“Solidarity means much more than engaging in sporadic acts of generosity. It means thinking and acting in terms of community” (Fratelli tutti, 116).
Join us, June 22 – June 29, as we pray, reflect, and take action on religious liberty, both here in this country and abroad. –Our First, Most Cherished Liberty
Religious freedom allows the Church, and all religious communities, to live out their faith in public and to serve the good of all. Beginning June 22, the feast of Sts. Thomas More and John Fisher, the USCCB invites Catholics to pray, reflect, and act to promote religious freedom.
We pray for:
Day 1 Pray that children waiting to be placed in a loving home and the caregivers who serve those children will find strength and support from the Church.
Day 2 Pray that God would continue to grant Catholic institutions the wisdom and courage to serve a world suffering the effects of the COVID pandemic.
Day 3 Pray that the dignity of all people will be respected in our country.
Day 4 Pray that Christian witness in the face of attacks on our churches will convert hearts to faith in Jesus Christ.
Day 5 Pray for our Catholic sisters and brothers who are suffering in Nicaragua.
Day 6 Pray that governments would respect the consciences of all people who care for the sick and vulnerable.
Day 7 Pray for Christians in Iraq, and that people of all faiths in the land of Abraham may live in peace.
Day 8 Pray that Christians will have the courage to speak the truth with kindness and clarity, even in the face of adversity.
The Equality Act discriminates against people of faith and threatens unborn life
Tell your U.S. Senators to oppose it!
Everyone deserves to be treated with respect and dignity. The Equality Act, which is coming up for a vote in the U.S. Senate soon, in many ways does the opposite and needs to be opposed. Instead of respecting differences in beliefs about marriage and sexuality, the Equality Act would discriminate against people of faith.
The Equality Act would:
punish faith-based organizations, such as charities and schools who serve everyone in their communities, simply because of their beliefs;
force girls and women to compete against boys and men for limited opportunities in sports, and to share locker rooms and shower spaces with biological males who identify as women;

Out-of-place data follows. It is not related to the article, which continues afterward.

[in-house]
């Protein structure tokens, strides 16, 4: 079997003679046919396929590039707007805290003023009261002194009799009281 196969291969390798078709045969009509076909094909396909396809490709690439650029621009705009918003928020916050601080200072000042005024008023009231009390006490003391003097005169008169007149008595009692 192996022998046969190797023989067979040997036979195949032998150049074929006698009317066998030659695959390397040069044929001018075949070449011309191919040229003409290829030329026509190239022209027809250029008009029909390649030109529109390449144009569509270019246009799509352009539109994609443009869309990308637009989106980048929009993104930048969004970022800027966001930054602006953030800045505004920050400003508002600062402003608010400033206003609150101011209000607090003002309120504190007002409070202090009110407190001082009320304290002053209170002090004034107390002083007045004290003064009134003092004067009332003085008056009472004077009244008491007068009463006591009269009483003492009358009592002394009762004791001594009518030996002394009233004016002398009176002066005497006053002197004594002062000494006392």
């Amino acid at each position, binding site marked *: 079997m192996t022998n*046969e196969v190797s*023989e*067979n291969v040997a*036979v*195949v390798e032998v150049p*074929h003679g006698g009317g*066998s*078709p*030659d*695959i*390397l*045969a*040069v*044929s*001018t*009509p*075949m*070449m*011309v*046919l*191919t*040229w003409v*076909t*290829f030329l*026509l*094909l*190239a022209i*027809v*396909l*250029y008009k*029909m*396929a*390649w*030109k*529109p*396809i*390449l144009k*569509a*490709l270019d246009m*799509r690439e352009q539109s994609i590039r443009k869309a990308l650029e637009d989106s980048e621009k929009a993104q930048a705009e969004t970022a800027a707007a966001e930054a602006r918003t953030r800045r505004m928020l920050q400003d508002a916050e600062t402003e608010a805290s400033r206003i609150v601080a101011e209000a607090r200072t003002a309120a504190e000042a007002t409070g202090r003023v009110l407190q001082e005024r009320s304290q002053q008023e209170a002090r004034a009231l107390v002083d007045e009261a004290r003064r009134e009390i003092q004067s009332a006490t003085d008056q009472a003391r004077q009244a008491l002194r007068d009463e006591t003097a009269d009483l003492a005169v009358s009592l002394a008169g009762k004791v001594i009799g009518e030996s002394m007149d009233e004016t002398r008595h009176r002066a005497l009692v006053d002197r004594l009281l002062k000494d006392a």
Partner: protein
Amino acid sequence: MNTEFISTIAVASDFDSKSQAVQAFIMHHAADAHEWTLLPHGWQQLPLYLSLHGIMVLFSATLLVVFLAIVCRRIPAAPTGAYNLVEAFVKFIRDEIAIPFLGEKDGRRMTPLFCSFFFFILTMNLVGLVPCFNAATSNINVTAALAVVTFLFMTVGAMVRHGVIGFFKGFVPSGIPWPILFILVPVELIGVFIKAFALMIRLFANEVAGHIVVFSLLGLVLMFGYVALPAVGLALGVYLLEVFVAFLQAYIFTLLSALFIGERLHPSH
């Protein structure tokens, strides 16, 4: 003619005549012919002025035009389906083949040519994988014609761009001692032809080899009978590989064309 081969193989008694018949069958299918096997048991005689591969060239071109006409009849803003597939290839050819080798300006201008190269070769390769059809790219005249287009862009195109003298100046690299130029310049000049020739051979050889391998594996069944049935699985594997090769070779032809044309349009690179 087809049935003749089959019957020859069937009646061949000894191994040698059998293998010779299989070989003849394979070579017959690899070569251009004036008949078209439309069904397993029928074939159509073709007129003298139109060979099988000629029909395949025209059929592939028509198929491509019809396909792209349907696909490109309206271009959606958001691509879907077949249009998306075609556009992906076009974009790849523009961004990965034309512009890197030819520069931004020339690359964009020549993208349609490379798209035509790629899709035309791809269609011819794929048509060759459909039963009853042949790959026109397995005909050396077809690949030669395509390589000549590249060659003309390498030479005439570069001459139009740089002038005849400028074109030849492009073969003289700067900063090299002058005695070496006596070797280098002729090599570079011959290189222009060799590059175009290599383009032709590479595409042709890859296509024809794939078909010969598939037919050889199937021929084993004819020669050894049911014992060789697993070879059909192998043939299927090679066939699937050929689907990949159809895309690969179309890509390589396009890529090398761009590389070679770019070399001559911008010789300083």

risk mandating taxpayers to fund abortions;
force people in everyday life, and especially health care workers, to support gender transition; and
expand what the government considers a “public” place, forcing even some parish halls to host functions that conflict with Catholic beliefs.
All people desire to know their Creator. All people have a natural impulse to seek the good and to live in accordance with that good. All people can flourish when they pursue the truth about God and respond to the truth.
Religious freedom means that all people have the space to flourish. Religious freedom is both an American value and an important part of Catholic teaching on human dignity. When we promote religious freedom, we promote the common good and thus strengthen the life of our nation and the community of nations.
Religious Liberty and the Practice of Charity
John Garvey, J.D., President, Catholic University of America
How To Talk About Religious Liberty
Religious freedom has recently become one of the major focal points in the conversation on how Americans can pro-mote the common good. Our Catholic tradition has much to offer this conversation. In this time of increasing polarization in our culture, we can contribute to a better understanding of this issue in a way thatrespects all people. We can speak with friends and neighbors about religious freedom and work to clear up misconceptions about it.
Learn more about current challenges to religious freedom, both here in the United States and abroad.
First Freedom Podcast
Conversations about a variety of issues related to religious liberty, including challenges to our first freedom, Catholic social teaching, and more! Check it out!
Missionary Disciples Who Serve the Good of All (usccb.org)
The Church, the body of Christ, bears witness to the kingdom of God in many ways. Catholics serve in areas such as adoption and foster care, education, and health care. We contribute to our country’s political culture in a special way by recognizing the dignity of our fellow citizens through civil discourse.
Religious freedom means that the Church has the space to carry out her mission to serve vulnerable people; it means that all people, of all faiths, are free to worship without fear of being attacked.
We are also called to be in solidarity with our persecuted brothers and sisters in other parts of the world. We are called to bear the burdens of all members of the body of Christ. Therefore, it is imperative that we reflect on the lives of our fellow Christians, such as the Christians who suffer persecution in places like China or the Central African Republic, that we pray for them and for the conversion of their persecutors, and that we seek out ways to be in solidarity with them.